Hungarian PM Viktor Orban. Flickr/EPP. Some rights reserved.
“Hungary’s Mussolini Vows to Make the EU Member an Illiberal State”, titles Newsweek. Hungarian prime minister Viktor Orban has finally come in the open. At a recent rally of party supporters he has admitted that he is out to turn the country into an illiberal state. He pointed out that liberal western democracies cannot remain globally competitive, and that China, Russia, and Turkey should be taken as the example to follow.
These worrying statements are, unfortunately, backed up by facts. They follow years of increasingly restrictive laws in Hungary, which have endangered the independence of the judiciary, the media, and civil society, and entrenched the power of the ruling party, Fidesz.
In April 2011 a constitutional reform silenced the constitutional court, allowing the government to pass any legislation it sees fit. In the same year a draconian media reform placed public and private media under state tutelage, eventually leading to widespread manipulation in public broadcasting, direct censorship and closure of opposition media, and attempts to bankrupt international TV channel RLT for its criticism of the regime. As a result fear has returned to Hungarian society. Relatives and friends of opposition figures became unemployable, a number of NGOs receiving foreign aid were blacklisted, and international donors such as the Norwegian Civil Fund threatened with suspension of their operating license.
International institutions have been increasingly vocal. The Council of Europe has written to the Hungarian Prime Minister to share its concern over the NGO audit. And the OSCE, after having already attacked the new media law, demonstrated in a recently published report that media coverage shows “significant bias” towards the ruling party.
Neelie Kroes, the vice-president of the European Commission, spoke out against the attempts to bankrupt anti-government media: “RTL is one of the few channels in Hungary not simply promoting a pro-Fidesz line; it is hard to see that the goal is anything other than to drive them out of Hungary”. She sees “a pattern contrary to the EU's values” that risks leading “to a different, darker period in Hungary's history.”
Concrete action must follow these words. The EU has the tools to act and demonstrate that a suspension of democracy will not be tolerated. Article 7 of the Treaty of the European Union establishes a prevention mechanism in the event of a risk of a breach of common values of the Union by a Member State, and a penalty mechanism in the event of an actual breach. Penalties include suspension of voting rights in the European Council, freezing of structural funds to the country, and if worse comes to worst expulsion from the Union.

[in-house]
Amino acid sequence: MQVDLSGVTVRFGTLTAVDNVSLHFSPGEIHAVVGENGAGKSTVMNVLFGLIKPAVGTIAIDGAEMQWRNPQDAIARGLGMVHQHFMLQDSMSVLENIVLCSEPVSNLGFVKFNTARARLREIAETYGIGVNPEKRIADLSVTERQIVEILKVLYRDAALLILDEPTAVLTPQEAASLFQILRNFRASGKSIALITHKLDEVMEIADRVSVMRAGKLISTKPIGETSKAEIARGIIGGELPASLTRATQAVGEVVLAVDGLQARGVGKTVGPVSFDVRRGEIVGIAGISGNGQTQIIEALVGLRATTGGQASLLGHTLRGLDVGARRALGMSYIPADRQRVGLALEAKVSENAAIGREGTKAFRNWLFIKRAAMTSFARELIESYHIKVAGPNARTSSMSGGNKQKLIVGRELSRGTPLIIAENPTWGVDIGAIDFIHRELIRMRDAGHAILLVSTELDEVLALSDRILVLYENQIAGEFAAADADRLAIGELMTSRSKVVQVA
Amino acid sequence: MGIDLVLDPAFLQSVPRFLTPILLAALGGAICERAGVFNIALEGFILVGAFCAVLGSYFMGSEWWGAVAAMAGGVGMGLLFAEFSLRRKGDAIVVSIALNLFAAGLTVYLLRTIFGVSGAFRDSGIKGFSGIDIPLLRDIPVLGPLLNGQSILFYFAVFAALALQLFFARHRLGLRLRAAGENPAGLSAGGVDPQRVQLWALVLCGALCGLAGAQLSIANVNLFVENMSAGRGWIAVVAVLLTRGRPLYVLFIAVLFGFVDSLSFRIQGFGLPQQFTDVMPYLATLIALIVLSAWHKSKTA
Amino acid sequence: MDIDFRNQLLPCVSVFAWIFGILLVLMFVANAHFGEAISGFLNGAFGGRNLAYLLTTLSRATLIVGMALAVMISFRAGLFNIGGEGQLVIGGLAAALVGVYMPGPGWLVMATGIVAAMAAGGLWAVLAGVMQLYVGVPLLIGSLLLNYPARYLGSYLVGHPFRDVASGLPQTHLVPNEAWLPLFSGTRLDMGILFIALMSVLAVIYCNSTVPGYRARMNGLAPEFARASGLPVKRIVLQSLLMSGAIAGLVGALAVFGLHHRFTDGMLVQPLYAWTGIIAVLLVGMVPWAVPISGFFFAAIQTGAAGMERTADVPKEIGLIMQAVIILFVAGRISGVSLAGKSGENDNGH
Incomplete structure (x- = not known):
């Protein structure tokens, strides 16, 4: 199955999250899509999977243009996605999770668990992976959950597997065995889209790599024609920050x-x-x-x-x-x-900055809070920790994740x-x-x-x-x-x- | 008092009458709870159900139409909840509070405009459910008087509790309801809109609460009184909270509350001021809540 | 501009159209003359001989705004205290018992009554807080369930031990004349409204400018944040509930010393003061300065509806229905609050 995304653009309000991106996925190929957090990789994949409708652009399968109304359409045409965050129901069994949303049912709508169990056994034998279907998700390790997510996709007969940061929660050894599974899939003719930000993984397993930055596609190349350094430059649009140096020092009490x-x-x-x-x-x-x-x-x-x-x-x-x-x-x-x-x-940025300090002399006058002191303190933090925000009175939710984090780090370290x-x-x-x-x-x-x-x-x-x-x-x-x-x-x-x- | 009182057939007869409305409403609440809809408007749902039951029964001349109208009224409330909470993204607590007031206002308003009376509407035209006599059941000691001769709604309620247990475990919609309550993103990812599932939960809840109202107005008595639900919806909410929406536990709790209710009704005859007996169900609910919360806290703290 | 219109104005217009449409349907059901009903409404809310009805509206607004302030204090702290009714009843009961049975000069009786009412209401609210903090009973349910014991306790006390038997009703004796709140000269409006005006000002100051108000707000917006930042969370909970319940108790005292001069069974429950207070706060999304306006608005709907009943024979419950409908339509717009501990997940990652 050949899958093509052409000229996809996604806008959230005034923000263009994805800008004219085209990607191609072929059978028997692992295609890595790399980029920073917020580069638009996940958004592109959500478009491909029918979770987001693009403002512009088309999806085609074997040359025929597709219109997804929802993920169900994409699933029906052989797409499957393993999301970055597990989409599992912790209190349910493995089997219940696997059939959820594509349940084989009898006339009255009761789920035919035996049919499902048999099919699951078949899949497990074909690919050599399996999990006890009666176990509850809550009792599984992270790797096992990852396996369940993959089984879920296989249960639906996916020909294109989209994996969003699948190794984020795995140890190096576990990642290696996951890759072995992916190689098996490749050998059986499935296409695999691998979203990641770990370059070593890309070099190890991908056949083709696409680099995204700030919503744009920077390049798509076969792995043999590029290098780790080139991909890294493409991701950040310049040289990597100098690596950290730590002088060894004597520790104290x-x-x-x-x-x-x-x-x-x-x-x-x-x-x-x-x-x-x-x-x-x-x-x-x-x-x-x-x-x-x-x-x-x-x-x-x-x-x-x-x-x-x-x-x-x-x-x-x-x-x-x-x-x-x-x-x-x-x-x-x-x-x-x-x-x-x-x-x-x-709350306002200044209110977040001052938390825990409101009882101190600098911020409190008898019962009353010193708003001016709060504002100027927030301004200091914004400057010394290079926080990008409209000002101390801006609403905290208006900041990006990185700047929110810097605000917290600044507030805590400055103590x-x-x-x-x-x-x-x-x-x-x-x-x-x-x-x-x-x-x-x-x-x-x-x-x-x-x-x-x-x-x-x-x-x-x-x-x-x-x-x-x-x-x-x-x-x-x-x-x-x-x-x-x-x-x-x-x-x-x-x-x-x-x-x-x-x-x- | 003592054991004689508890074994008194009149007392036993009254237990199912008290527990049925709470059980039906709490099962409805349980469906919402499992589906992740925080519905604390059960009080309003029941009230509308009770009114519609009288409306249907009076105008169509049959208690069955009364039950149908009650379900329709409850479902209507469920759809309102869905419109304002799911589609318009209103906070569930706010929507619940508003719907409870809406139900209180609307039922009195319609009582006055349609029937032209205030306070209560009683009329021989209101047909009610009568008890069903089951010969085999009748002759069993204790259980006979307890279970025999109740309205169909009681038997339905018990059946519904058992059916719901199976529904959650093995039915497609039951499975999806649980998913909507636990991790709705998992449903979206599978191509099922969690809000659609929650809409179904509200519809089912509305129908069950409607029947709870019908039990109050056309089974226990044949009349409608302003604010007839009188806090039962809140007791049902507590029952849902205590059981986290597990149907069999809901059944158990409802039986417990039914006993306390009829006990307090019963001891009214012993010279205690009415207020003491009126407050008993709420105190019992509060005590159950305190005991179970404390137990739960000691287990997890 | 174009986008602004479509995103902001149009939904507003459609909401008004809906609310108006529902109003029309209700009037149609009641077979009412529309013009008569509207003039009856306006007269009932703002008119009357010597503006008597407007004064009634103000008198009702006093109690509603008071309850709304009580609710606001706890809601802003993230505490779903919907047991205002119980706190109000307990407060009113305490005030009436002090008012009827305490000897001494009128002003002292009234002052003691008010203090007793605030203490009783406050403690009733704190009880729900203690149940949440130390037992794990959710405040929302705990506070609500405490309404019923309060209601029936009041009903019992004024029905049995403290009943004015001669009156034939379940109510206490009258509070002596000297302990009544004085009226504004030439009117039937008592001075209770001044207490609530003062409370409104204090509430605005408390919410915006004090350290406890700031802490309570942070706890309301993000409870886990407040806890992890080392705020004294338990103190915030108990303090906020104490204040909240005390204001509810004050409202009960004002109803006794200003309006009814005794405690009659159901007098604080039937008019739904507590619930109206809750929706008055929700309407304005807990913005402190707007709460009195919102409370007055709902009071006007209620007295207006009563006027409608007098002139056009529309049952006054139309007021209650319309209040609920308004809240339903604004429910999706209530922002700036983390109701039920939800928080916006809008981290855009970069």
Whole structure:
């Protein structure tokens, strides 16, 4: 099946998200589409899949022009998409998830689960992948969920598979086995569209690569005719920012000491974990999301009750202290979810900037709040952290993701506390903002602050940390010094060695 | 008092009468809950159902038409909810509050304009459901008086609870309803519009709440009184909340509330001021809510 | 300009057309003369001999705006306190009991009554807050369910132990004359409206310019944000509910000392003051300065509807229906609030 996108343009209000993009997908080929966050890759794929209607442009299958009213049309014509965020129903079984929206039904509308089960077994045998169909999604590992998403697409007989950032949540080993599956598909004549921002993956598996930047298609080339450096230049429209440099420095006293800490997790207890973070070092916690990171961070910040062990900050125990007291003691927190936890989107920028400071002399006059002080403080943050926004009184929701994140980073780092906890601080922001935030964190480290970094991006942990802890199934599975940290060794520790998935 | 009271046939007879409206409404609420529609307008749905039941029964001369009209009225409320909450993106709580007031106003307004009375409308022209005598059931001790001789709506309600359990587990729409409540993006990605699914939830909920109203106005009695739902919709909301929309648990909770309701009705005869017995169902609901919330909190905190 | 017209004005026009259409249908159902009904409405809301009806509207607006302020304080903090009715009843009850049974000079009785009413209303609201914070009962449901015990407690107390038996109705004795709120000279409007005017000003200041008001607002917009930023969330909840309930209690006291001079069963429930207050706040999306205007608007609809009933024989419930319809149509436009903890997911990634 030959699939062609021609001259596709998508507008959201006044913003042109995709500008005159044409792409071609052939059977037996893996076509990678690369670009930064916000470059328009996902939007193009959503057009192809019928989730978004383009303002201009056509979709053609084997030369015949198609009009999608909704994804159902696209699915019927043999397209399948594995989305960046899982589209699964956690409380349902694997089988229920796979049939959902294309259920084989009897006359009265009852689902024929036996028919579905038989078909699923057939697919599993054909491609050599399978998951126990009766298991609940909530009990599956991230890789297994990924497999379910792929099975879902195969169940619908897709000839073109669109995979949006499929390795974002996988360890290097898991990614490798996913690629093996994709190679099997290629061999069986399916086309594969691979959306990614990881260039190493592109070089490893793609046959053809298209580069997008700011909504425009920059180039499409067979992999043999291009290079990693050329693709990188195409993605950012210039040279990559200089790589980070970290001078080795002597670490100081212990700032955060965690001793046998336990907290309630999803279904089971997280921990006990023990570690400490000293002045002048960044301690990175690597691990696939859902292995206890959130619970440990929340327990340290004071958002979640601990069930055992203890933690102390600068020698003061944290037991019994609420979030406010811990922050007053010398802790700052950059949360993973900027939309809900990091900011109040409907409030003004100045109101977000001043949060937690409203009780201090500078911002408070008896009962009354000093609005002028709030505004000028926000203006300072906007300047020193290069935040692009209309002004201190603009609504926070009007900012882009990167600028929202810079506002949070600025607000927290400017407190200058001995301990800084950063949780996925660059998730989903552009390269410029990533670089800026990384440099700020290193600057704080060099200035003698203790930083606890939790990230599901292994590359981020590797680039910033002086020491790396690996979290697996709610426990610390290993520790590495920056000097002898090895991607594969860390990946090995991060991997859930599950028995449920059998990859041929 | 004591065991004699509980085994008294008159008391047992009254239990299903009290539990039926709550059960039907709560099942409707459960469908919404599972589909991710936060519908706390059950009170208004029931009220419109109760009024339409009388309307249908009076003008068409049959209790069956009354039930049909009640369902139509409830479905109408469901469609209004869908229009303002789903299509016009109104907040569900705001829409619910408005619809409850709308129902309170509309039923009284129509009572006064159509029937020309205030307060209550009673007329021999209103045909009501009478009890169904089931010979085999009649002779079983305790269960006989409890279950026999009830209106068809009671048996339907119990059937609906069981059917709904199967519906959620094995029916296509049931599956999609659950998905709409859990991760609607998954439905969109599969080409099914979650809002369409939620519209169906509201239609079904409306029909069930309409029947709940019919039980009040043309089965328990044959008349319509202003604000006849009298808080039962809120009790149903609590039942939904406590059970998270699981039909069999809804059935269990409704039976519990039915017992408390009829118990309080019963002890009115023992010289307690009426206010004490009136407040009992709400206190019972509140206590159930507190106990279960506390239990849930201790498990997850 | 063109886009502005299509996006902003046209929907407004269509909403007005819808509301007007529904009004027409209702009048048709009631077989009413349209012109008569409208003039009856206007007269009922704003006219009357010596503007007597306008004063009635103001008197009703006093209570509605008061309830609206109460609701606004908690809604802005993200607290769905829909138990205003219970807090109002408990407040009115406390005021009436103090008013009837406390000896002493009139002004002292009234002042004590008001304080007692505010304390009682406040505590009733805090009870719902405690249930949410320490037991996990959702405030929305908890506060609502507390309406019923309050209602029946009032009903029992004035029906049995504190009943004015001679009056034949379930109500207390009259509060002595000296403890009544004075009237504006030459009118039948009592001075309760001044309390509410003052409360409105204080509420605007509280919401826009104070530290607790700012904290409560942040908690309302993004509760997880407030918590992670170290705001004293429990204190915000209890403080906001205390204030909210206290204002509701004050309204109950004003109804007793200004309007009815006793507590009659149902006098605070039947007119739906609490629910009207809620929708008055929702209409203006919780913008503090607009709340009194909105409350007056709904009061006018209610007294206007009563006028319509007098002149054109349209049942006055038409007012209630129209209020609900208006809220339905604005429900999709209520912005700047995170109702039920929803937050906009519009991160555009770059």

The Article 7 procedure should be activated now. With Hungary heavily dependent on EU structural funds with 97% of investment project requiring EU support, the mere threat of suspension would send a strong message to Viktor Orban. It would show the Hungarian citizens, frightened by the authoritarian regime, that they will not be left alone. And it would send a message to Europe's neighbours - be it Turkey’s Erdogan or the government of Azerbaijan - that the bloc is not willing to tolerate an erosion of democratic standards.
To avoid that a situation such as Hungary’s develops again, Europe must also act to put in place greater protection of fundamental rights. This includes protecting the freedom and pluralism of Europe’s media. Nearly 200,000 people have already signed a European Citizens Initiative demanding an EU Directive to protect the independence of the press across the continent. This demand should be taken up by the European Commission, and a draft legislation should be produced immediately.
Europe is the cradle of democracy. It is now up to the European institutions to demonstrate that this continent will stand up and do what it takes to defend it.
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